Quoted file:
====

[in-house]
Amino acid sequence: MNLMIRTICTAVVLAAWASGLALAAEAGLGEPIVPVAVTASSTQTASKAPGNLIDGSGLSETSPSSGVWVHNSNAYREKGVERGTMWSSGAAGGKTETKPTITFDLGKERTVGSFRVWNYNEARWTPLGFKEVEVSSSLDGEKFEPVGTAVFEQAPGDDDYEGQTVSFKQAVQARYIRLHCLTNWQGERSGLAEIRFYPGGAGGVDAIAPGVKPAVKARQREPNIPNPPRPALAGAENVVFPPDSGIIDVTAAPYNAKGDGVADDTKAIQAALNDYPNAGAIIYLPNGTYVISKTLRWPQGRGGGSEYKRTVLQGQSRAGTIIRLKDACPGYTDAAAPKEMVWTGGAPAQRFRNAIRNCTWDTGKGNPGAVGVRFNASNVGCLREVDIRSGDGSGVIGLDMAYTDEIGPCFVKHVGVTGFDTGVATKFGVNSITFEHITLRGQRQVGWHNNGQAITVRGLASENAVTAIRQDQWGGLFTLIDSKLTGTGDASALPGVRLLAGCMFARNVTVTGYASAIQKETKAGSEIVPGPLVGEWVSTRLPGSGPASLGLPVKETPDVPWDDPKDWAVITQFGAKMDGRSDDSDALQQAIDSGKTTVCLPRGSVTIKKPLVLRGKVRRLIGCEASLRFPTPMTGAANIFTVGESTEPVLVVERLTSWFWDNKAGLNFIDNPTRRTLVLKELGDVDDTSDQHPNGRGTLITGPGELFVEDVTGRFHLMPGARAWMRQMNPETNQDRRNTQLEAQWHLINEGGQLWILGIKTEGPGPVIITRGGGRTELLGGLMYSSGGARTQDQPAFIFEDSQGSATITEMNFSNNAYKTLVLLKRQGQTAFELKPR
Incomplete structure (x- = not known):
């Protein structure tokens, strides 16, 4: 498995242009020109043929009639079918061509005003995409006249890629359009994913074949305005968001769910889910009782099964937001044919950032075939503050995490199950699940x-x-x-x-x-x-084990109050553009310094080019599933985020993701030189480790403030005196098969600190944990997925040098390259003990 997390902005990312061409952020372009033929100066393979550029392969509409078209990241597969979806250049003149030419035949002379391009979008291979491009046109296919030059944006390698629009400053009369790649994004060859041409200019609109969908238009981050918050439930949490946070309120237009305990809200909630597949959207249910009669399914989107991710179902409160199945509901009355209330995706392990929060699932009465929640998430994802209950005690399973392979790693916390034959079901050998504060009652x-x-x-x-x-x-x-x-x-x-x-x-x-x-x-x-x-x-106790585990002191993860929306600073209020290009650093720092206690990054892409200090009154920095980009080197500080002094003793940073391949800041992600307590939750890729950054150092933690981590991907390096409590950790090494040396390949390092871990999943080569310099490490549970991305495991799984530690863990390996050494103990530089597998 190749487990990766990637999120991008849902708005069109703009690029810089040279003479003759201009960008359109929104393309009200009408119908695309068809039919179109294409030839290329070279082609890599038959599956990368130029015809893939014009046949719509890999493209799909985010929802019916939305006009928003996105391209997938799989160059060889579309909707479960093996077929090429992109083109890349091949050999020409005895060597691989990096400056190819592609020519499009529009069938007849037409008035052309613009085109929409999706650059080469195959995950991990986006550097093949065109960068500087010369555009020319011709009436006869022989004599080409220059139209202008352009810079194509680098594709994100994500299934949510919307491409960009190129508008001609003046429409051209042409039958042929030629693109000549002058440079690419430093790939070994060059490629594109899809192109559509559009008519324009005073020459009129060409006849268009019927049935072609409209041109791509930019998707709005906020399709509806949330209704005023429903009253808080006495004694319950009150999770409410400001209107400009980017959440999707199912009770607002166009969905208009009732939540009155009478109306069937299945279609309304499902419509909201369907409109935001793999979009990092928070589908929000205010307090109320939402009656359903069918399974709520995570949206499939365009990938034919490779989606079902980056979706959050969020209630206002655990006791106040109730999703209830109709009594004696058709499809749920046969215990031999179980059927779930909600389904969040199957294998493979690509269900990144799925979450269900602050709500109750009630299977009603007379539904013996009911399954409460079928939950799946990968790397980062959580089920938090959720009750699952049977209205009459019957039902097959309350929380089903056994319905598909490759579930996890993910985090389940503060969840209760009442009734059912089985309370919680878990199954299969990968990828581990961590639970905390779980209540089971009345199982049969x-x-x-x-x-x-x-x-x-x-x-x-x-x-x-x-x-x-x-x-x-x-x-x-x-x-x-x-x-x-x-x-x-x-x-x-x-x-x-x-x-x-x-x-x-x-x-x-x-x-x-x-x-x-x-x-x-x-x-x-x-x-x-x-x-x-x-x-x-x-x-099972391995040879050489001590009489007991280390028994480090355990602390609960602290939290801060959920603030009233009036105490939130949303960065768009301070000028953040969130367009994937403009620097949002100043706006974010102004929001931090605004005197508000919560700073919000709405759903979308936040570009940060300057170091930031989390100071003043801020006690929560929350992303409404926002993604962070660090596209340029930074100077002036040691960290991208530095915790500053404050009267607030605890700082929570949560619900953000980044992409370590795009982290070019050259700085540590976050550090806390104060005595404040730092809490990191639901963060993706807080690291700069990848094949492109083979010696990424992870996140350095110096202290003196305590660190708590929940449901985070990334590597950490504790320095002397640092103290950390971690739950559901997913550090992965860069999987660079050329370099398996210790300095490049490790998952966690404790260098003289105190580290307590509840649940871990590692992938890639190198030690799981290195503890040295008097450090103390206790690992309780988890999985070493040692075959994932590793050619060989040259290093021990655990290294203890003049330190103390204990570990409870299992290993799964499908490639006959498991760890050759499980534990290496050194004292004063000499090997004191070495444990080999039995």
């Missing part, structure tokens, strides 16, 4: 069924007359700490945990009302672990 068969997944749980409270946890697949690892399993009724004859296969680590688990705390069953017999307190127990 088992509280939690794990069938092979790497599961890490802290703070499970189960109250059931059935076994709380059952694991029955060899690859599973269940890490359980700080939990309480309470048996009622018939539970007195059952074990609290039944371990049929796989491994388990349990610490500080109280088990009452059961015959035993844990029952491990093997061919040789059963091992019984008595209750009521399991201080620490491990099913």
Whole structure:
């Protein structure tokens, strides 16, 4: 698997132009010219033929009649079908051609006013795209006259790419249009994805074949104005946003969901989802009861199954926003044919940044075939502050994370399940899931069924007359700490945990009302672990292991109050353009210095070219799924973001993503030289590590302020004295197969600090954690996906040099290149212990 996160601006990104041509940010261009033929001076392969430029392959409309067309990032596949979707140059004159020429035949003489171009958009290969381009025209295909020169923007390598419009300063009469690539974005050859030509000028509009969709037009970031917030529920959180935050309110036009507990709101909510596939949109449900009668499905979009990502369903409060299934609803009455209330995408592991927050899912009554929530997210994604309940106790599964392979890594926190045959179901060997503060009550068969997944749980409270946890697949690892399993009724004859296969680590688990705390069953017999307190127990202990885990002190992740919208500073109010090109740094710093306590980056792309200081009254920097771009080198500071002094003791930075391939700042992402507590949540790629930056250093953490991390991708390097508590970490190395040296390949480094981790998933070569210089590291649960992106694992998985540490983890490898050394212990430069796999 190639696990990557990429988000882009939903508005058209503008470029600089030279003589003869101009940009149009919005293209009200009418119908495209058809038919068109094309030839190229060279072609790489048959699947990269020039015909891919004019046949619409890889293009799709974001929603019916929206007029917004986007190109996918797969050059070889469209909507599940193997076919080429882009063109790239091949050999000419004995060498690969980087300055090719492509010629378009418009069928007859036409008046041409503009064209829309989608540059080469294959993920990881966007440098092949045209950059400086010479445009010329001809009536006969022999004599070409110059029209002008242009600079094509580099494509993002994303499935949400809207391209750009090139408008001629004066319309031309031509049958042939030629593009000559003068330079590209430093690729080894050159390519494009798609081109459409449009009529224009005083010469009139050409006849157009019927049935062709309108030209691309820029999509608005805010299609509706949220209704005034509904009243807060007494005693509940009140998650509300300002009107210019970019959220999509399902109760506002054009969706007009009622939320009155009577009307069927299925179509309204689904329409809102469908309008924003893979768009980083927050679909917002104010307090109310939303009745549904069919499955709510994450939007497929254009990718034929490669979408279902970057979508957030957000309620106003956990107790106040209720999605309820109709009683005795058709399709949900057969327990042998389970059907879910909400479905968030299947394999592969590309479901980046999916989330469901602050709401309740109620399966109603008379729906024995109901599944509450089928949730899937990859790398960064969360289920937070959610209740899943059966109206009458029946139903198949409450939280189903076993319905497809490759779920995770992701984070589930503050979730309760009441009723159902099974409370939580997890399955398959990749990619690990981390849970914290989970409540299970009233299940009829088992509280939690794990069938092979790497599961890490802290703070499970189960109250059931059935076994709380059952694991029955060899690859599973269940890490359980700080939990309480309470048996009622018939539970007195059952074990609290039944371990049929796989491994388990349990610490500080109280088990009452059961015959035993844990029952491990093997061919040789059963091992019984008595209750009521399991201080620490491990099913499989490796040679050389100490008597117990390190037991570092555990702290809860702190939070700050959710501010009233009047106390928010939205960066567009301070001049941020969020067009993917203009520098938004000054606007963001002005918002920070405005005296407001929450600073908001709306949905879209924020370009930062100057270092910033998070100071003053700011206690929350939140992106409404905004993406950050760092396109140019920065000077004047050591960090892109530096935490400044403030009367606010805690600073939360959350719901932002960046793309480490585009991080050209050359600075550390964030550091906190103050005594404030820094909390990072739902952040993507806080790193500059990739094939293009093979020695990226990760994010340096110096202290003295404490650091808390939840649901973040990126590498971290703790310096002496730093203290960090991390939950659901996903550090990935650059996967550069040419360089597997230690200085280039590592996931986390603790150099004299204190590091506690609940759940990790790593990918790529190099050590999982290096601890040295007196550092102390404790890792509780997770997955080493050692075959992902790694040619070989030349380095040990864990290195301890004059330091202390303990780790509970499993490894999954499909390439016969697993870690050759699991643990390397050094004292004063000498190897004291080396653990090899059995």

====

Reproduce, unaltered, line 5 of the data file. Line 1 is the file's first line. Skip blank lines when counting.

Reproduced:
């Missing part, structure tokens, strides 16, 4: 069924007359700490945990009302672990 068969997944749980409270946890697949690892399993009724004859296969680590688990705390069953017999307190127990 088992509280939690794990069938092979790497599961890490802290703070499970189960109250059931059935076994709380059952694991029955060899690859599973269940890490359980700080939990309480309470048996009622018939539970007195059952074990609290039944371990049929796989491994388990349990610490500080109280088990009452059961015959035993844990029952491990093997061919040789059963091992019984008595209750009521399991201080620490491990099913």